[OUTLOOK]The perils of closely held power

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[OUTLOOK]The perils of closely held power

When power is privatized and runs rampant, the fate of the weak is at the mercy of the strong. That is why democratic societies strictly forbid the privatization of power and define it as a public asset, leading to the formation of nations based on this concept. Guarding against the misuse of power is also why the powers within democracies are separated and their respective duties distributed and placed within limits.

Our constitution separates the powers of government and provides for systems to control the abuse of power to ensure the well being of the public and the safety of the community. The privatization of power happens under dictatorships or communist rule where the power falls easily in the hands of the ruler.

In a parliamentary cabinet system, the cabinet can be dismissed through a vote of no confidence. However, in a presidential system, there is no way to dismiss the administration immediately. That is why in a presidential system, like ours, agencies of internal inspections and control, such as the National Intelligence Service, the police, the prosecutors and the office of the presidential secretary for civil affairs, must carry out their duties.

The allegations of corruption concerning the president's sons and these agencies resulted from the privatization of public power. If the National Intelligence Service, the National Police Agency and the Blue House secretary of civil affairs become a private and hierarchical fraternity, they lose power to stop any potential abuses of power by the president or any other part of government.

The corruption and bribery allegations currently under investigation are not mere petty crimes but serious offenses that have shaken the very foundations of this country and altered the government structure. That is why the public is unable to contain its indignation. The prosecutors who were supposed to investigate the allegations were private tools of the authorities, incapable of discharging their proper duties. Prosecutor general after prosecutor general stepped down amid public criticism.

The new Supreme Public Prosecutors Office under Prosecutor General Lee Myung-jae has launched the largest ever investigations into corruption. Mr. Lee was appointed prosecutor general with the blessings of the people who put their hopes in him to free the country from corruption. Not only is this a matter of personal honor for him, it is a matter of the future of our country.

Mr. Lee has two major responsibilities. One is to investigate with fairness the enormous tangle of corruption that the country is now seeing and to deal strictly but justly with those found guilty. The other is to dismiss "political prosecutors" and replace them with real prosecutors, the "people's prosecutors."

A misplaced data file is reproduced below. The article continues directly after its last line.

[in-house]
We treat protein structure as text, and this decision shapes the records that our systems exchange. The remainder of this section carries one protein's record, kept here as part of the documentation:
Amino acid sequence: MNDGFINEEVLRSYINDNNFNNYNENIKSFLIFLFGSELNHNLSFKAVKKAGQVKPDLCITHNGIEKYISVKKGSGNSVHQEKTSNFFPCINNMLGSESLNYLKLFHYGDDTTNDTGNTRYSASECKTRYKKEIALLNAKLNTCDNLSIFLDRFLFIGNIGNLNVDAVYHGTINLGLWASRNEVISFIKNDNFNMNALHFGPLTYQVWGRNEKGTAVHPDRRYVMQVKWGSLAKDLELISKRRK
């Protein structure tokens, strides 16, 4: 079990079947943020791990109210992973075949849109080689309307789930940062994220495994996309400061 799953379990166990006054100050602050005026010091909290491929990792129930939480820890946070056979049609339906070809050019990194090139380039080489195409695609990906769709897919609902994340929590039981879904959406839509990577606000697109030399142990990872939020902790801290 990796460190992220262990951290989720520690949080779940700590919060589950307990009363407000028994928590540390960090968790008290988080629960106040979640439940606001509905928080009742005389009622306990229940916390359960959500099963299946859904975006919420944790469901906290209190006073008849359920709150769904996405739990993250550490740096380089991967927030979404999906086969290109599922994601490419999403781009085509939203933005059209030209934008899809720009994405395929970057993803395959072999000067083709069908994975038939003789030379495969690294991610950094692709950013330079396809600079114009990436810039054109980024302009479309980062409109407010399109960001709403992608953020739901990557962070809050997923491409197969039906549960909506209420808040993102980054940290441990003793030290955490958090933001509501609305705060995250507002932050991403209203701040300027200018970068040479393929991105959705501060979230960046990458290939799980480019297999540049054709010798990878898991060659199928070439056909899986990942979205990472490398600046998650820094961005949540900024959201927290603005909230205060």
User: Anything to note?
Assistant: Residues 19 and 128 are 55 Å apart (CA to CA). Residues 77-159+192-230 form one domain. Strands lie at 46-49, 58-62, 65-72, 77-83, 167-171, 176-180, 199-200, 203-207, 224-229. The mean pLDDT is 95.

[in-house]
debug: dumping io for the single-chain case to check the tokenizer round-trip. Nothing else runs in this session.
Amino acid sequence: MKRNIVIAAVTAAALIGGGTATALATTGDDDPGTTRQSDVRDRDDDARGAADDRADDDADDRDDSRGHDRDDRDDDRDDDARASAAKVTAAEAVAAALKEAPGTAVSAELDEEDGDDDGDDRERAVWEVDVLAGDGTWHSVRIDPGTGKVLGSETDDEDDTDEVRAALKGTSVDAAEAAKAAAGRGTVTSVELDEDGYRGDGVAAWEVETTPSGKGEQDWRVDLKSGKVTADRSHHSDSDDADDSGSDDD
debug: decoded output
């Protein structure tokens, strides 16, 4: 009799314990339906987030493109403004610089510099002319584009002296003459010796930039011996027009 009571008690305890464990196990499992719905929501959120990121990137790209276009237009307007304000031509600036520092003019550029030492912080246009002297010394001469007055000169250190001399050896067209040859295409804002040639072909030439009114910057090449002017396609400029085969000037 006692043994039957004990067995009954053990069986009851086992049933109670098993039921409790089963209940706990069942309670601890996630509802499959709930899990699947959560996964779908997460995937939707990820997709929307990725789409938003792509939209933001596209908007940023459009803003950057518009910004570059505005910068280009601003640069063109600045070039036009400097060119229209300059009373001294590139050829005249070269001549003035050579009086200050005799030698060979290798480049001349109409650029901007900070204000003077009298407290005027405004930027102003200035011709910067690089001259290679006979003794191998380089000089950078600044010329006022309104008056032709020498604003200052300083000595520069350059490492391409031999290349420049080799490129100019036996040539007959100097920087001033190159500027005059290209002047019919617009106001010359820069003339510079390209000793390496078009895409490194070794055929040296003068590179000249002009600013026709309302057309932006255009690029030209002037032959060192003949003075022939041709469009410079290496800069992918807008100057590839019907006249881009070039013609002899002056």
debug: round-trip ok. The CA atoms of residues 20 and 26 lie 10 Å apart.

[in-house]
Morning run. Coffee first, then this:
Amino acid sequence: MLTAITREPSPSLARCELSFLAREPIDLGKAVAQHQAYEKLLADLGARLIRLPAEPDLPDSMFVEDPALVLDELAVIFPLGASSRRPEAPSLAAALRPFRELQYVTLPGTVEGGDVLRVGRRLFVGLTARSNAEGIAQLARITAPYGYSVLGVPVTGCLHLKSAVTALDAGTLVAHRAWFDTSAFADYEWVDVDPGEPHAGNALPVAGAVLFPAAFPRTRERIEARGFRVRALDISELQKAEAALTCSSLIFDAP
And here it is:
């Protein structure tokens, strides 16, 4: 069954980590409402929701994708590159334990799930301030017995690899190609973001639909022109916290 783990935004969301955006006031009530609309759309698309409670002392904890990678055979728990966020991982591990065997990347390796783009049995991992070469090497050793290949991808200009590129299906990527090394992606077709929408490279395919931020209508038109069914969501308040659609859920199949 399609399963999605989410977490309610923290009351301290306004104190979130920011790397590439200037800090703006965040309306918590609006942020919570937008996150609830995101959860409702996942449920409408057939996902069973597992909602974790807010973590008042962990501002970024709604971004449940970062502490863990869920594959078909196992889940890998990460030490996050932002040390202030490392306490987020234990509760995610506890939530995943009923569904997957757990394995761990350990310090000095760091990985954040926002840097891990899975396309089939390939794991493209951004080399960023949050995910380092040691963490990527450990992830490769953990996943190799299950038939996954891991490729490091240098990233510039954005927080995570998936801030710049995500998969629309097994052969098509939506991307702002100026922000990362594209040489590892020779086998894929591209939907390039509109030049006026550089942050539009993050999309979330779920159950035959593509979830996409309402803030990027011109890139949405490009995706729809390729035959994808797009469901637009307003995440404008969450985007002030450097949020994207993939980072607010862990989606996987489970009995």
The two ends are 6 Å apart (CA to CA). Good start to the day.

Mr. Lee has shown a grim determination since his appointment, meeting no one and showing discretion in what he says. Unlike former prosecutors general, Mr. Lee does not intervene in the actual investigations. This is what a prosecutor should be. Instead of flattering words and trying to look good to those in power for personal ambition, a true prosecutor should be silent in his efforts to fight evil with justice. A prosecutor's dignity rises from his silence. Korea's prosecutors should have realized this earlier.

However, talk about investigations being wrapped up before the World Cup and about how there will be certain lines that will not be crossed raises concern on whether the truth behind the allegations will be reduced or buried.

A strange twist within this context is that the ruling party's presidential candidate, Roh Moo-hyun, openly criticized the prosecutors office last week. Mr. Roh called for the prosecutors to include members of the opposition party in the investigations. This is regretful. Even for a politically motivated campaign move made with the local elections in mind, Mr. Roh's criticism made no sense.

Should the candidate ask for "reform and principles?" What he should have asked for was the prosecutors to probe deeper into the "sanctities" of the ruling administration, the president included. The criticism runs counter to the sense of justice that the public is calling for. In fact, Mr. Roh's words raise questions as to what were his true intentions.

The public will not forgive any attempt to tamper with the investigation when the whole country is in a crisis. Conscientious intellectuals, citizens and civic groups must now rise to protect the prosecutors office from political attacks.


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The writer is a professor of law at Seoul National University.

by Chong Jong-sup

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